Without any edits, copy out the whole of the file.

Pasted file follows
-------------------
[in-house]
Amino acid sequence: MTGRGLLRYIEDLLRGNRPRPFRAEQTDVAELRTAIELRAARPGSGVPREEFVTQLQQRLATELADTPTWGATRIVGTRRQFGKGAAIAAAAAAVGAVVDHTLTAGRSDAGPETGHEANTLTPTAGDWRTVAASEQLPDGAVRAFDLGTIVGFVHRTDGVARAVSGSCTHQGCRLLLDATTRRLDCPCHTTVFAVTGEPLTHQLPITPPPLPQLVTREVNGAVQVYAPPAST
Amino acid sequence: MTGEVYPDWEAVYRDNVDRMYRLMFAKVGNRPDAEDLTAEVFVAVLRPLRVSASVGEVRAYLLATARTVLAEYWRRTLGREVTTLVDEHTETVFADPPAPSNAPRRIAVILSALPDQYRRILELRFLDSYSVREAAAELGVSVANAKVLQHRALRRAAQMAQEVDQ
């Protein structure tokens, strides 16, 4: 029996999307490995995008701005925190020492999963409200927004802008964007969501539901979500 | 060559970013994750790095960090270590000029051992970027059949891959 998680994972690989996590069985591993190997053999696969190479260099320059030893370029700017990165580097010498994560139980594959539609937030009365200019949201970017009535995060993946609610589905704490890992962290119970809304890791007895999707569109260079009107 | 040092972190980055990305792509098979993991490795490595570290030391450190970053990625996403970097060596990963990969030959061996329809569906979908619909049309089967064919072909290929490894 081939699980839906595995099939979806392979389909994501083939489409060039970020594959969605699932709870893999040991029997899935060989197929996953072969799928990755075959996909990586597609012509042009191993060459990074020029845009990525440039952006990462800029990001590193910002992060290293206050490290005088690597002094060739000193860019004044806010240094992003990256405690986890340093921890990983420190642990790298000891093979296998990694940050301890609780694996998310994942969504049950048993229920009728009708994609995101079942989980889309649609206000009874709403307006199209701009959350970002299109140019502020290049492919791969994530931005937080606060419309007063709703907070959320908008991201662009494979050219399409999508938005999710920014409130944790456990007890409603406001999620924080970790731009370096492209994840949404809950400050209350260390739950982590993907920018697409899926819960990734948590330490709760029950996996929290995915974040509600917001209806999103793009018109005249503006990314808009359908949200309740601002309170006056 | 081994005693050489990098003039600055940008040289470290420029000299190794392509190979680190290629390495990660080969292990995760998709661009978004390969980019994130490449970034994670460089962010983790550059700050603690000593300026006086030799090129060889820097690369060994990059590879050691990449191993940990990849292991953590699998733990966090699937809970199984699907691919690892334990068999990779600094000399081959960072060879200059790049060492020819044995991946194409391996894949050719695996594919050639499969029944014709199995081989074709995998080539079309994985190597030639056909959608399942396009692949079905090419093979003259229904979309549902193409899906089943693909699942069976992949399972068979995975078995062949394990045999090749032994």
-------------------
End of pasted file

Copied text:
[in-house]
Amino acid sequence: MTGRGLLRYIEDLLRGNRPRPFRAEQTDVAELRTAIELRAARPGSGVPREEFVTQLQQRLATELADTPTWGATRIVGTRRQFGKGAAIAAAAAAVGAVVDHTLTAGRSDAGPETGHEANTLTPTAGDWRTVAASEQLPDGAVRAFDLGTIVGFVHRTDGVARAVSGSCTHQGCRLLLDATTRRLDCPCHTTVFAVTGEPLTHQLPITPPPLPQLVTREVNGAVQVYAPPAST
Amino acid sequence: MTGEVYPDWEAVYRDNVDRMYRLMFAKVGNRPDAEDLTAEVFVAVLRPLRVSASVGEVRAYLLATARTVLAEYWRRTLGREVTTLVDEHTETVFADPPAPSNAPRRIAVILSALPDQYRRILELRFLDSYSVREAAAELGVSVANAKVLQHRALRRAAQMAQEVDQ
């Protein structure tokens, strides 16, 4: 029996999307490995995008701005925190020492999963409200927004802008964007969501539901979500 | 060559970013994750790095960090270590000029051992970027059949891959 998680994972690989996590069985591993190997053999696969190479260099320059030893370029700017990165580097010498994560139980594959539609937030009365200019949201970017009535995060993946609610589905704490890992962290119970809304890791007895999707569109260079009107 | 040092972190980055990305792509098979993991490795490595570290030391450190970053990625996403970097060596990963990969030959061996329809569906979908619909049309089967064919072909290929490894 081939699980839906595995099939979806392979389909994501083939489409060039970020594959969605699932709870893999040991029997899935060989197929996953072969799928990755075959996909990586597609012509042009191993060459990074020029845009990525440039952006990462800029990001590193910002992060290293206050490290005088690597002094060739000193860019004044806010240094992003990256405690986890340093921890990983420190642990790298000891093979296998990694940050301890609780694996998310994942969504049950048993229920009728009708994609995101079942989980889309649609206000009874709403307006199209701009959350970002299109140019502020290049492919791969994530931005937080606060419309007063709703907070959320908008991201662009494979050219399409999508938005999710920014409130944790456990007890409603406001999620924080970790731009370096492209994840949404809950400050209350260390739950982590993907920018697409899926819960990734948590330490709760029950996996929290995915974040509600917001209806999103793009018109005249503006990314808009359908949200309740601002309170006056 | 081994005693050489990098003039600055940008040289470290420029000299190794392509190979680190290629390495990660080969292990995760998709661009978004390969980019994130490449970034994670460089962010983790550059700050603690000593300026006086030799090129060889820097690369060994990059590879050691990449191993940990990849292991953590699998733990966090699937809970199984699907691919690892334990068999990779600094000399081959960072060879200059790049060492020819044995991946194409391996894949050719695996594919050639499969029944014709199995081989074709995998080539079309994985190597030639056909959608399942396009692949079905090419093979003259229904979309549902193409899906089943693909699942069976992949399972068979995975078995062949394990045999090749032994």